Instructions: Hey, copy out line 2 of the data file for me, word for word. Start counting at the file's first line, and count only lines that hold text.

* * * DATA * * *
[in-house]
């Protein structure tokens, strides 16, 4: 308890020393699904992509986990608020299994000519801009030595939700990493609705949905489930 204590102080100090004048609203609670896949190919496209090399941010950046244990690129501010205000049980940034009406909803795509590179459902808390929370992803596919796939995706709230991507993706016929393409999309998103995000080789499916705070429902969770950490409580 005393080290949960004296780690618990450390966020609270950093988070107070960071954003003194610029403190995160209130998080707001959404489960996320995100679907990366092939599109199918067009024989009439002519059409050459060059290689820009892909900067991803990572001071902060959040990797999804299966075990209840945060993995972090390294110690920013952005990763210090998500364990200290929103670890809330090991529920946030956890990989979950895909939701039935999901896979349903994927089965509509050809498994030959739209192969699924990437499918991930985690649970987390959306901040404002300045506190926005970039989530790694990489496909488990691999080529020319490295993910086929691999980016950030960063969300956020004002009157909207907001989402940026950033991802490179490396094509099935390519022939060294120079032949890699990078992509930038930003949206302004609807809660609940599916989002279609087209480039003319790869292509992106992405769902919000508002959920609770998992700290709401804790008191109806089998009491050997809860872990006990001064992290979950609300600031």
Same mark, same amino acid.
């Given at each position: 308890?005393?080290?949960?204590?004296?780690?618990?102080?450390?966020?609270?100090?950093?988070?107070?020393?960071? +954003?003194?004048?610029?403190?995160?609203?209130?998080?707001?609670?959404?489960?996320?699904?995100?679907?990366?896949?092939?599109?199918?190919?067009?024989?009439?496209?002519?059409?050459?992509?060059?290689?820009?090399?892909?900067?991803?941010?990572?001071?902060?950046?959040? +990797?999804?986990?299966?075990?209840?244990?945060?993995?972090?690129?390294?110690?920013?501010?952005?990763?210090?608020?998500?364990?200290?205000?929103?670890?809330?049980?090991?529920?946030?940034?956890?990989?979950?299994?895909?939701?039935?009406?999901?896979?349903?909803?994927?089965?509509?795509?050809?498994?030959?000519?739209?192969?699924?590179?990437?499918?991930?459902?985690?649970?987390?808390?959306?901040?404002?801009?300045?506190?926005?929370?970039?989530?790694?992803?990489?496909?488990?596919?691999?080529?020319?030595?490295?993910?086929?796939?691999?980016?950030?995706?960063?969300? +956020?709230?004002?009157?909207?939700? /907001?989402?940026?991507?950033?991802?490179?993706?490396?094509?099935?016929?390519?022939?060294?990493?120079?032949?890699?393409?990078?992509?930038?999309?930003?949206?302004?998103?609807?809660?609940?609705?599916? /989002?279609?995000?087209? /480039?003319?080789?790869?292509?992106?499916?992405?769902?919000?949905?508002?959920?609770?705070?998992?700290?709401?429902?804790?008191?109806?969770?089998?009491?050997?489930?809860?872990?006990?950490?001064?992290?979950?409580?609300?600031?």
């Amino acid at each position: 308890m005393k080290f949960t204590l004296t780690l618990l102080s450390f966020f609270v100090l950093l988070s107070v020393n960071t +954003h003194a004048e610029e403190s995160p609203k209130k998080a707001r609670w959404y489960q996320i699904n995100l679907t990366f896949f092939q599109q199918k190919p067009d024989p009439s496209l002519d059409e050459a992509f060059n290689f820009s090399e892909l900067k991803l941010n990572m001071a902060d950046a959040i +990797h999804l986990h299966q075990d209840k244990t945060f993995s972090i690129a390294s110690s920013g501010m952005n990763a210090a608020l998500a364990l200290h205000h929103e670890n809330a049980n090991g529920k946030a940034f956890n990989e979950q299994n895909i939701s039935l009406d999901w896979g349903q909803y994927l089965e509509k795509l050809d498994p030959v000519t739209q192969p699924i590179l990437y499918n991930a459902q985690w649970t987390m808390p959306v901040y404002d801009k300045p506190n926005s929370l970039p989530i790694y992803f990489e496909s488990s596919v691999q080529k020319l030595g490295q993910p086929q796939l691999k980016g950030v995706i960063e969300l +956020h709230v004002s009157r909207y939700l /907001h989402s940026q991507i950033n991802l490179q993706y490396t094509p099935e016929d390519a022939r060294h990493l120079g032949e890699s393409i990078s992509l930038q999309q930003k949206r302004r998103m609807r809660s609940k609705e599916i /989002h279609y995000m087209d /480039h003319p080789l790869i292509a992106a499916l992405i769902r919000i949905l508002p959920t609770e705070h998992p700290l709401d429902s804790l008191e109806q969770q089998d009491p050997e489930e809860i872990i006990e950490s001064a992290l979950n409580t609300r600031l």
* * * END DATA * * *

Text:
């Protein structure tokens, strides 16, 4: 308890020393699904992509986990608020299994000519801009030595939700990493609705949905489930 204590102080100090004048609203609670896949190919496209090399941010950046244990690129501010205000049980940034009406909803795509590179459902808390929370992803596919796939995706709230991507993706016929393409999309998103995000080789499916705070429902969770950490409580 005393080290949960004296780690618990450390966020609270950093988070107070960071954003003194610029403190995160209130998080707001959404489960996320995100679907990366092939599109199918067009024989009439002519059409050459060059290689820009892909900067991803990572001071902060959040990797999804299966075990209840945060993995972090390294110690920013952005990763210090998500364990200290929103670890809330090991529920946030956890990989979950895909939701039935999901896979349903994927089965509509050809498994030959739209192969699924990437499918991930985690649970987390959306901040404002300045506190926005970039989530790694990489496909488990691999080529020319490295993910086929691999980016950030960063969300956020004002009157909207907001989402940026950033991802490179490396094509099935390519022939060294120079032949890699990078992509930038930003949206302004609807809660609940599916989002279609087209480039003319790869292509992106992405769902919000508002959920609770998992700290709401804790008191109806089998009491050997809860872990006990001064992290979950609300600031």